Completing the Essay: Developing and Strengthening Your Essay Through Revision

Make Your Own Arrangement of Details and Ideas

Use Literary Material as Evidence to Support Your Argument

Always Keep to Your Point; Stick to It Tenaciously

Check Your Development and Organization

Try to Be Original

Write with Specific Readers as Your Intended Audience

Use Exact, Comprehensive, and Forceful Language

Illustrative Student Essay (Improved Draft): Mrs. Johnson’s Overly Self-Assured Daughter, Dee, in Walker’s “Everyday Use” (NEW)

Commentary on the Essay

Essay Commentaries

A Summary of Guidelines

Writing Topics About the Writing Process

A Short Guide to the Use of References and Quotations in Essays About Literature

Integrate Passages and Ideas into Your Essay

Distinguish Your Thoughts from Those of Your Author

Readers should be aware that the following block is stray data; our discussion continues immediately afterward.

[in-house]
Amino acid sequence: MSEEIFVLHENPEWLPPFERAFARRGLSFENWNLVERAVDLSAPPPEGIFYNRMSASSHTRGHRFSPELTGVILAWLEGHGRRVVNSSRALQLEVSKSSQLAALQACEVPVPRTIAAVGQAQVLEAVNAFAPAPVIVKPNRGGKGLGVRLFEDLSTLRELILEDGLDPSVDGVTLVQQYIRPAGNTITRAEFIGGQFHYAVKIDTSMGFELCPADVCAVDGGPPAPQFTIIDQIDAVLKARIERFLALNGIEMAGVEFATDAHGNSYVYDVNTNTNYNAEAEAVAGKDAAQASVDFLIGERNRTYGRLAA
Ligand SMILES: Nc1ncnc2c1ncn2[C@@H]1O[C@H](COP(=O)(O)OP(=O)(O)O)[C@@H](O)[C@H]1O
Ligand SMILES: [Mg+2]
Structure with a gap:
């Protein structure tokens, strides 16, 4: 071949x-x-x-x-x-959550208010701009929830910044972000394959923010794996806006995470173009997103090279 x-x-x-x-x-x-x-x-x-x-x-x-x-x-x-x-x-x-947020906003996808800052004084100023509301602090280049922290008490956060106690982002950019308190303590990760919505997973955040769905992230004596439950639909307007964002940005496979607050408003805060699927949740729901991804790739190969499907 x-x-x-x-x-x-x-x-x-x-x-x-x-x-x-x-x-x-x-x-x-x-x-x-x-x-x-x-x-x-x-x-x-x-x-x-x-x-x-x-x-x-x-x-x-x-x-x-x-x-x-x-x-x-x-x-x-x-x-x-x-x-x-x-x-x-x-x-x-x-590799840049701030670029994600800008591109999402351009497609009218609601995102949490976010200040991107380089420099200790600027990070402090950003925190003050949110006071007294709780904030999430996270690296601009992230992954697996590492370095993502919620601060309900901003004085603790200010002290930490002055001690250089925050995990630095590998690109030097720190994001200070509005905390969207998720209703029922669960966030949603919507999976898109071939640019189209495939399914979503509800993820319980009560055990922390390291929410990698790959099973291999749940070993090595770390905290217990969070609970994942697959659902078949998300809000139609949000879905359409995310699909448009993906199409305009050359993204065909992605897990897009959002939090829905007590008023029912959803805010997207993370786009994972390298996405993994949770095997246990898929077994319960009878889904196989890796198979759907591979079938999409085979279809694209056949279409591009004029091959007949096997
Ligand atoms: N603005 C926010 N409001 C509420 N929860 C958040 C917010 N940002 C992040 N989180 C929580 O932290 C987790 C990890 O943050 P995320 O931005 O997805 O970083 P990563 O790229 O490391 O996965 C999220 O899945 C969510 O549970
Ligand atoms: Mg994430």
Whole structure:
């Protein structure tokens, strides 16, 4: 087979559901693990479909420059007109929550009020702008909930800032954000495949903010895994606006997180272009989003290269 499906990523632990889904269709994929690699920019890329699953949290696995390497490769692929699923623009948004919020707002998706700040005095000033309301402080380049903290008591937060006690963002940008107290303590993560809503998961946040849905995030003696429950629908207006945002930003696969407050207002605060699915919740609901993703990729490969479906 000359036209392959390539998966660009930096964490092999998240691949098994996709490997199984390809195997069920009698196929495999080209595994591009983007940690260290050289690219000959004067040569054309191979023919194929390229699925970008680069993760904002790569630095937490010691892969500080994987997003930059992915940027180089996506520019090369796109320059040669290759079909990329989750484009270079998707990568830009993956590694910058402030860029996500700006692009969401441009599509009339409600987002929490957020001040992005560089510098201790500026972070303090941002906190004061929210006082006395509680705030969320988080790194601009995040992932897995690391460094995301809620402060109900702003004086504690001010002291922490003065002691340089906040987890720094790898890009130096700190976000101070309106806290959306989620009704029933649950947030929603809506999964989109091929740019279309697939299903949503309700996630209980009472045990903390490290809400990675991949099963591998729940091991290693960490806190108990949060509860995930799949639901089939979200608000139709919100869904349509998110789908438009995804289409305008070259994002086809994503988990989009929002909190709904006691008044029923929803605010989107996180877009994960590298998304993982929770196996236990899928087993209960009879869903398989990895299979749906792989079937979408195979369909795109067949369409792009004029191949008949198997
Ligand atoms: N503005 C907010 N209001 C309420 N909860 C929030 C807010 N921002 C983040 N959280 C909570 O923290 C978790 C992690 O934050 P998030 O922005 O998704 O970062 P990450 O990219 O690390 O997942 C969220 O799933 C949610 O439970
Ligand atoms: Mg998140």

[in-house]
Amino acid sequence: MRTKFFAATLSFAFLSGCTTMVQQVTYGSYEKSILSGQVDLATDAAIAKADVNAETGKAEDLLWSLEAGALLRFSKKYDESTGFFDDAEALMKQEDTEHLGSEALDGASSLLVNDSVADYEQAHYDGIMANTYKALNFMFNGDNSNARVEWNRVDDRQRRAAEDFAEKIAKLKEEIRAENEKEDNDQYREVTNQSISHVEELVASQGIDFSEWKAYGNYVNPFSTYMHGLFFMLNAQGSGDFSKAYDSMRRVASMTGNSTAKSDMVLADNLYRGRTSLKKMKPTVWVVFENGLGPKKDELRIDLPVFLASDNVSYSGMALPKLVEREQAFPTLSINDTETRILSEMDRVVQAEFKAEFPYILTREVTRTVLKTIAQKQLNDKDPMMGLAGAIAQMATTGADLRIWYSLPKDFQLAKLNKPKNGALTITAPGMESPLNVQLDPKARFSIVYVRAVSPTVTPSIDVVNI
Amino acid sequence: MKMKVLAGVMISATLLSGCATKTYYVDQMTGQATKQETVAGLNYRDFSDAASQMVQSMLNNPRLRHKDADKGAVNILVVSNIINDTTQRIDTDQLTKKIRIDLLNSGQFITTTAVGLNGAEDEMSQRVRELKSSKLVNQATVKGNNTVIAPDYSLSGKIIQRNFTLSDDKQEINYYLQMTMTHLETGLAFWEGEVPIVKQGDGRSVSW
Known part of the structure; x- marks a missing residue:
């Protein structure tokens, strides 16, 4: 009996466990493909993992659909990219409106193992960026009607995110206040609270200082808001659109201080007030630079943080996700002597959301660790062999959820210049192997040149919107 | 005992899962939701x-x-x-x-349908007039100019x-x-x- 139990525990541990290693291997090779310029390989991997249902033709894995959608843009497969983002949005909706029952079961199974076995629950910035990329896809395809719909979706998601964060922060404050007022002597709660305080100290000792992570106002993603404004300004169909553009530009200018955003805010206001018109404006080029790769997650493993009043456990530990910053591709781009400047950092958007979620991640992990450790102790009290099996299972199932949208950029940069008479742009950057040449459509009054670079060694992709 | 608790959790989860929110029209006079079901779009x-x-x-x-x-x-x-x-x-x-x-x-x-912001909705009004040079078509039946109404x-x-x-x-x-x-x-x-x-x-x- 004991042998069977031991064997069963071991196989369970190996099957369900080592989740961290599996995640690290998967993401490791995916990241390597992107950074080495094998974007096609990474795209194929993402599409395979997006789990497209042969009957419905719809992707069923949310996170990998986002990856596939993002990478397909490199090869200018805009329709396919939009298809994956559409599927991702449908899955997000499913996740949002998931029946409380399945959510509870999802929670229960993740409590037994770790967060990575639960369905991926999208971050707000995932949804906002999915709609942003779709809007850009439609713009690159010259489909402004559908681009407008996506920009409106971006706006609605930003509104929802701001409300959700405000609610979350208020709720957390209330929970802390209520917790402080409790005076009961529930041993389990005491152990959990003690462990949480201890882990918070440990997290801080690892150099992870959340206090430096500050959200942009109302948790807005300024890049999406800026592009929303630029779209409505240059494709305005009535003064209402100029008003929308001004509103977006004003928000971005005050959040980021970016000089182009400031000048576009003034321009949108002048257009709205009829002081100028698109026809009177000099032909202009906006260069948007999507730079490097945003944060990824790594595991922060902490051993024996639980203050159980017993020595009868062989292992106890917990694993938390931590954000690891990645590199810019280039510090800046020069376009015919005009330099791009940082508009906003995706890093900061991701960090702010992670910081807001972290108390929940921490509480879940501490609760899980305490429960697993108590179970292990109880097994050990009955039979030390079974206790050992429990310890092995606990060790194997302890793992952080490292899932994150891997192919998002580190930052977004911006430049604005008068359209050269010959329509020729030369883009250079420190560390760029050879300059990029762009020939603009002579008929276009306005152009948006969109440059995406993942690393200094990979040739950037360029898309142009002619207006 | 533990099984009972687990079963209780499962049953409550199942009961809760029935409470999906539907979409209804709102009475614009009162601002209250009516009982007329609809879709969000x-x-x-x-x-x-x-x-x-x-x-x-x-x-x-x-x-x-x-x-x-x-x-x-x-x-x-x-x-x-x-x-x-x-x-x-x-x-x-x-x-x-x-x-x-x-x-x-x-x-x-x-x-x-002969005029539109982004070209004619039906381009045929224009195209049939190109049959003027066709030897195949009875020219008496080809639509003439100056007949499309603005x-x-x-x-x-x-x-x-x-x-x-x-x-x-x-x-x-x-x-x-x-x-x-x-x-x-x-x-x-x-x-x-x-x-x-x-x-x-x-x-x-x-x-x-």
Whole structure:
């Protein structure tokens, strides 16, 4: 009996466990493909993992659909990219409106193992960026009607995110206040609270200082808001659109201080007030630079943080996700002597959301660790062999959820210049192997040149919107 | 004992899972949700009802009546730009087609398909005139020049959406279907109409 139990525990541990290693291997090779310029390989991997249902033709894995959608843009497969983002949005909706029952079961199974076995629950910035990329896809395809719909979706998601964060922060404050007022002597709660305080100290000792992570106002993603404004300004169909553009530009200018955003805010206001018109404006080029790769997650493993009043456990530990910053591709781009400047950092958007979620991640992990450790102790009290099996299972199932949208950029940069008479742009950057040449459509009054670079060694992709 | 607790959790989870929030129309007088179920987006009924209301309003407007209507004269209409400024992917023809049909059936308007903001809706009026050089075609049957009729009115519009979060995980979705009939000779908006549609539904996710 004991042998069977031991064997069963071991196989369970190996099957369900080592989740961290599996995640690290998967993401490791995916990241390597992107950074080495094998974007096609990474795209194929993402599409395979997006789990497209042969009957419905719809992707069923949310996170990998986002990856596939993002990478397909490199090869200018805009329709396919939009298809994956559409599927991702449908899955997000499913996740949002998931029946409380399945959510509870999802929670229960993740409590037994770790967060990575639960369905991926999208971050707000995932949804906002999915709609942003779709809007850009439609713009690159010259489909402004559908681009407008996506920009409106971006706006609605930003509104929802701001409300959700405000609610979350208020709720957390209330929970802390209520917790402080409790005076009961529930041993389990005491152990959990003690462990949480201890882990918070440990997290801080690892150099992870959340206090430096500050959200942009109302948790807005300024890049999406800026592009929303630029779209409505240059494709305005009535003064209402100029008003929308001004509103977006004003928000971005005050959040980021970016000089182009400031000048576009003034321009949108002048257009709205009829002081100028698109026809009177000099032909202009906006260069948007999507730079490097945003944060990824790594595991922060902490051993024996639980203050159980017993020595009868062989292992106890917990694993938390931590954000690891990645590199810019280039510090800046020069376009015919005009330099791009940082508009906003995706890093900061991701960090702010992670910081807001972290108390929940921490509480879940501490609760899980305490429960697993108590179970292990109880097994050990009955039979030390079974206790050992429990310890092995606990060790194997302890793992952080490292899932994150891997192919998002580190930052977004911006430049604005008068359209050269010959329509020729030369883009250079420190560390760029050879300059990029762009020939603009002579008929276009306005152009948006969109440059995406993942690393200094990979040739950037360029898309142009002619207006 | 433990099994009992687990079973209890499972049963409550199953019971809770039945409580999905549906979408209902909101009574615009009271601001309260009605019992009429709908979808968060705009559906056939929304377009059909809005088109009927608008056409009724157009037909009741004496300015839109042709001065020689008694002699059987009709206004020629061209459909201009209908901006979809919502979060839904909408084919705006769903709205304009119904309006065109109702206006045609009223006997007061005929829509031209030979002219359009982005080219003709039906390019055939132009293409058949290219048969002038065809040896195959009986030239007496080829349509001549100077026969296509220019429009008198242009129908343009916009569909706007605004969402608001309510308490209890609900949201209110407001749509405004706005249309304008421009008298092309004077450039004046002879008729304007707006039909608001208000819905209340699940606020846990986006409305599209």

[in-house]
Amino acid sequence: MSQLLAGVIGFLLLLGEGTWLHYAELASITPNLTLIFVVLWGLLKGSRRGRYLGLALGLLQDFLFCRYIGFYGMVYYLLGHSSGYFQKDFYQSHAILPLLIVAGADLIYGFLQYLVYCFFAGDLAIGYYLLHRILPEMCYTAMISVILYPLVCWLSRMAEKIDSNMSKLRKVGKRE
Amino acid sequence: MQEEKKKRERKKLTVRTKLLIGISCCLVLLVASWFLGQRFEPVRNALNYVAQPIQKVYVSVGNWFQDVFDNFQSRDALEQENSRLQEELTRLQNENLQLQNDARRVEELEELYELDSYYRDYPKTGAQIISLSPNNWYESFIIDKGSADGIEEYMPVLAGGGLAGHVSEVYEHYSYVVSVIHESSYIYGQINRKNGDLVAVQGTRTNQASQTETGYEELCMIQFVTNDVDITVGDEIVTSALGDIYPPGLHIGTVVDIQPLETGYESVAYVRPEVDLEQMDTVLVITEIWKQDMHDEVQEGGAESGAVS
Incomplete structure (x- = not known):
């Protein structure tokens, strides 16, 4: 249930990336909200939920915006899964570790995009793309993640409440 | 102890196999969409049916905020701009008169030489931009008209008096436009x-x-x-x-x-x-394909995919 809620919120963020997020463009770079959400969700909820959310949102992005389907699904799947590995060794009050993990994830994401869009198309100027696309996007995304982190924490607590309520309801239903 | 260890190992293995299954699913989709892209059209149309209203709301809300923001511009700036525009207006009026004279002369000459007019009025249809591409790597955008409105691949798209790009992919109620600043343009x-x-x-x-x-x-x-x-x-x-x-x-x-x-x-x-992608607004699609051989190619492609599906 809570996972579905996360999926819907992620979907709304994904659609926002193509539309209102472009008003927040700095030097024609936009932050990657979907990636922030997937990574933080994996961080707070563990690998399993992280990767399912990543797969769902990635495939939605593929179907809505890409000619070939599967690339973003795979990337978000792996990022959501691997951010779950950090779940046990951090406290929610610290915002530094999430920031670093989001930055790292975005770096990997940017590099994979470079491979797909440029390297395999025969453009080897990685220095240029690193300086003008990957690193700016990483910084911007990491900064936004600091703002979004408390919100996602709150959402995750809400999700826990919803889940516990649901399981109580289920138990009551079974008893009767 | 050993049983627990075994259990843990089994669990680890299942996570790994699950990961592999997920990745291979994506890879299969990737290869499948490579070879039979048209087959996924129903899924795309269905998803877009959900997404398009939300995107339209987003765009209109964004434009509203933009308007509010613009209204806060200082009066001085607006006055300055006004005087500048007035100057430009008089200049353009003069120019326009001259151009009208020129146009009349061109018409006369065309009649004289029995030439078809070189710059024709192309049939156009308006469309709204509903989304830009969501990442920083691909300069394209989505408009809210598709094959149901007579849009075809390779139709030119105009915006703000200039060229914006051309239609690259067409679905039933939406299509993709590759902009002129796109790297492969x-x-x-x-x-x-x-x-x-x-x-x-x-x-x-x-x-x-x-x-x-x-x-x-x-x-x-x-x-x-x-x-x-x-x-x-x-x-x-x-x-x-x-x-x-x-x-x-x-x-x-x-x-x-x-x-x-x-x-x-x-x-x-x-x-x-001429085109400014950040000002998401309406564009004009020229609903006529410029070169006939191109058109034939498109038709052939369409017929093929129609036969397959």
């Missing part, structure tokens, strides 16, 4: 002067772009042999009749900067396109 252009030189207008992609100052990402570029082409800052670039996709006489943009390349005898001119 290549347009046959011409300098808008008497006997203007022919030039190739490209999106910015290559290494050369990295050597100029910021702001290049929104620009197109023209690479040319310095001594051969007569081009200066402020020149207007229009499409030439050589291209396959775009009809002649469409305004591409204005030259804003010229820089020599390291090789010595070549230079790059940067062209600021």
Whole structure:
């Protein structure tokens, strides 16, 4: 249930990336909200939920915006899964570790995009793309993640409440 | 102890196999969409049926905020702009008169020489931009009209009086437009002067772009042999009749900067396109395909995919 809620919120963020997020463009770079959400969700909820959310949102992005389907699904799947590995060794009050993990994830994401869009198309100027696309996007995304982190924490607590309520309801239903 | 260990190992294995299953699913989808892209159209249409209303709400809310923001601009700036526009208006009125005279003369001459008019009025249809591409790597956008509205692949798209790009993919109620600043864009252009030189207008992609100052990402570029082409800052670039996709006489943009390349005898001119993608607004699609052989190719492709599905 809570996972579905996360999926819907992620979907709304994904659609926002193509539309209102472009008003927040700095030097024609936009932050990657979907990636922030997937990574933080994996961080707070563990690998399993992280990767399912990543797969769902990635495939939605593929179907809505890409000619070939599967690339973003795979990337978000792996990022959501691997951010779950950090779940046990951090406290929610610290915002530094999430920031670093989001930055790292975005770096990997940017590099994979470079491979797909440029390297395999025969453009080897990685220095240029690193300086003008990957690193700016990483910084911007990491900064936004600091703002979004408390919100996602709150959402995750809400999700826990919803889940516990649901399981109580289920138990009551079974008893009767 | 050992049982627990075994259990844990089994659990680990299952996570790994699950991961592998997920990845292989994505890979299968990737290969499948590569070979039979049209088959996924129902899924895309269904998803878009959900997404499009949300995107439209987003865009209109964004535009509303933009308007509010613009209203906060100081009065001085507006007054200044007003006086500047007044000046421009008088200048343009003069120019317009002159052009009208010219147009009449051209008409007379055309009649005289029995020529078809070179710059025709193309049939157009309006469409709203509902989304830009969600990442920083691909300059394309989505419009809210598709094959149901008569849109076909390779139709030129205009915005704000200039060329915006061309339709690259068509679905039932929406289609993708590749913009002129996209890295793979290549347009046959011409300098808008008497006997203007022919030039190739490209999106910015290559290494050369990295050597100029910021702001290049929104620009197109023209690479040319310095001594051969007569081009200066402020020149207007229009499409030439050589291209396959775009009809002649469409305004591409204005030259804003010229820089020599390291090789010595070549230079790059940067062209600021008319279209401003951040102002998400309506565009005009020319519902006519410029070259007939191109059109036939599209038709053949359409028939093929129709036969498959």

Integrate Material by Using Quotation Marks

Blend Quotations into Your Own Sentences

Indent Long Quotations and Set Them in Block Format

Use an Ellipsis to Show Omissions

Use Square Brackets to Enclose Words That You Add Within Quotations

Be Careful Not to Overquote

Preserve the Spellings in Your Source

PART II Reading and Writing About Fiction

1 Fiction: An Overview

Modern Fiction

The Short Story

Elements of Fiction I: Verisimilitude and Donnée

Elements of Fiction II: Character, Plot, Structure, and Idea or Theme

Elements of Fiction III: The Writer’s Tools

Visualizing Fiction: Cartoons, Graphic Narratives, Graphic Novels

Dan Piraro, Bizarro • Art Spiegelman, from Maus (Expanded)

Stories for Study

AMBROSE BIERCE An Occurrence at Owl Creek Bridge

A condemned man dreams of escape, freedom, and family.

SANDRA CISNEROS ’Mericans (NEW)

Through an evil act, a man learns goodness.

WILLIAM FAULKNER A Rose for Emily

Even seemingly ordinary people hide deep and bizarre mysteries.

TIM O’BRIEN The Things They Carried